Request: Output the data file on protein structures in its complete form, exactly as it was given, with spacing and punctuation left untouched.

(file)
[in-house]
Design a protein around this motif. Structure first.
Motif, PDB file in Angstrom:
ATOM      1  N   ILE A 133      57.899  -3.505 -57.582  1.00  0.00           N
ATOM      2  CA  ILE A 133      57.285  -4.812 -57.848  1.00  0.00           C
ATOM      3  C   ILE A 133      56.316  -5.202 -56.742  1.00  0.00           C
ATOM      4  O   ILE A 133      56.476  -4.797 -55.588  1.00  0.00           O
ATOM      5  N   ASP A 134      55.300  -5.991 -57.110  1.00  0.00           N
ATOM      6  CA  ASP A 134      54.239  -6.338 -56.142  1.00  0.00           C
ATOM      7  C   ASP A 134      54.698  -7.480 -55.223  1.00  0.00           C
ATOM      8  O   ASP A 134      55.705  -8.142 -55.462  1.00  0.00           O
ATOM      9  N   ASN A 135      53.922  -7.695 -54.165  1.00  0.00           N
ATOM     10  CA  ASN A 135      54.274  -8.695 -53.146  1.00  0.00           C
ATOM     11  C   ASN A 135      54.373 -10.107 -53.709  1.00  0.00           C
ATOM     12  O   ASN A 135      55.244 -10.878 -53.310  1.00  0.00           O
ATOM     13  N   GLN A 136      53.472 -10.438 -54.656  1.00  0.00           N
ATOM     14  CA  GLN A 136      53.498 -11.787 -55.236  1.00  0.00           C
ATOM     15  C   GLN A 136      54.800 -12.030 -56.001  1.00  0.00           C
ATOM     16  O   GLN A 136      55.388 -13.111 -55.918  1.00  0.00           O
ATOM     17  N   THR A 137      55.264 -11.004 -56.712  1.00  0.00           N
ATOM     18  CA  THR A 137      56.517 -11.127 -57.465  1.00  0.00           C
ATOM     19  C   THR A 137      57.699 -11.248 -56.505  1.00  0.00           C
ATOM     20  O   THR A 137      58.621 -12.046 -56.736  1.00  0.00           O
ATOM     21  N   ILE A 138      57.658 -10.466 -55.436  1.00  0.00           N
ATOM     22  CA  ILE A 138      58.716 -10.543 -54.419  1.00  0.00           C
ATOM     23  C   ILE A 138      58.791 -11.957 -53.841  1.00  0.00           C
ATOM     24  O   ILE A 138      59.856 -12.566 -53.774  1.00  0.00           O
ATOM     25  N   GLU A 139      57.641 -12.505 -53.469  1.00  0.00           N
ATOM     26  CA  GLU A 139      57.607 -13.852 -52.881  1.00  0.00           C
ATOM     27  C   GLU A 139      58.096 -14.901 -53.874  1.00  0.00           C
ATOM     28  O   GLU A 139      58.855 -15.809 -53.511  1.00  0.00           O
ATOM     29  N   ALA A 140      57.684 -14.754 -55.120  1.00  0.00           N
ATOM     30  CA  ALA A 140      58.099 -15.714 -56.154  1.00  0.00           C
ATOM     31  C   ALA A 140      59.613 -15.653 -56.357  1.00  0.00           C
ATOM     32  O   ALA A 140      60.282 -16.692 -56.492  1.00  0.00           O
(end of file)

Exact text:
[in-house]
Design a protein around this motif. Structure first.
Motif, PDB file in Angstrom:
ATOM      1  N   ILE A 133      57.899  -3.505 -57.582  1.00  0.00           N
ATOM      2  CA  ILE A 133      57.285  -4.812 -57.848  1.00  0.00           C
ATOM      3  C   ILE A 133      56.316  -5.202 -56.742  1.00  0.00           C
ATOM      4  O   ILE A 133      56.476  -4.797 -55.588  1.00  0.00           O
ATOM      5  N   ASP A 134      55.300  -5.991 -57.110  1.00  0.00           N
ATOM      6  CA  ASP A 134      54.239  -6.338 -56.142  1.00  0.00           C
ATOM      7  C   ASP A 134      54.698  -7.480 -55.223  1.00  0.00           C
ATOM      8  O   ASP A 134      55.705  -8.142 -55.462  1.00  0.00           O
ATOM      9  N   ASN A 135      53.922  -7.695 -54.165  1.00  0.00           N
ATOM     10  CA  ASN A 135      54.274  -8.695 -53.146  1.00  0.00           C
ATOM     11  C   ASN A 135      54.373 -10.107 -53.709  1.00  0.00           C
ATOM     12  O   ASN A 135      55.244 -10.878 -53.310  1.00  0.00           O
ATOM     13  N   GLN A 136      53.472 -10.438 -54.656  1.00  0.00           N
ATOM     14  CA  GLN A 136      53.498 -11.787 -55.236  1.00  0.00           C
ATOM     15  C   GLN A 136      54.800 -12.030 -56.001  1.00  0.00           C
ATOM     16  O   GLN A 136      55.388 -13.111 -55.918  1.00  0.00           O
ATOM     17  N   THR A 137      55.264 -11.004 -56.712  1.00  0.00           N
ATOM     18  CA  THR A 137      56.517 -11.127 -57.465  1.00  0.00           C
ATOM     19  C   THR A 137      57.699 -11.248 -56.505  1.00  0.00           C
ATOM     20  O   THR A 137      58.621 -12.046 -56.736  1.00  0.00           O
ATOM     21  N   ILE A 138      57.658 -10.466 -55.436  1.00  0.00           N
ATOM     22  CA  ILE A 138      58.716 -10.543 -54.419  1.00  0.00           C
ATOM     23  C   ILE A 138      58.791 -11.957 -53.841  1.00  0.00           C
ATOM     24  O   ILE A 138      59.856 -12.566 -53.774  1.00  0.00           O
ATOM     25  N   GLU A 139      57.641 -12.505 -53.469  1.00  0.00           N
ATOM     26  CA  GLU A 139      57.607 -13.852 -52.881  1.00  0.00           C
ATOM     27  C   GLU A 139      58.096 -14.901 -53.874  1.00  0.00           C
ATOM     28  O   GLU A 139      58.855 -15.809 -53.511  1.00  0.00           O
ATOM     29  N   ALA A 140      57.684 -14.754 -55.120  1.00  0.00           N
ATOM     30  CA  ALA A 140      58.099 -15.714 -56.154  1.00  0.00           C
ATOM     31  C   ALA A 140      59.613 -15.653 -56.357  1.00  0.00           C
ATOM     32  O   ALA A 140      60.282 -16.692 -56.492  1.00  0.00           O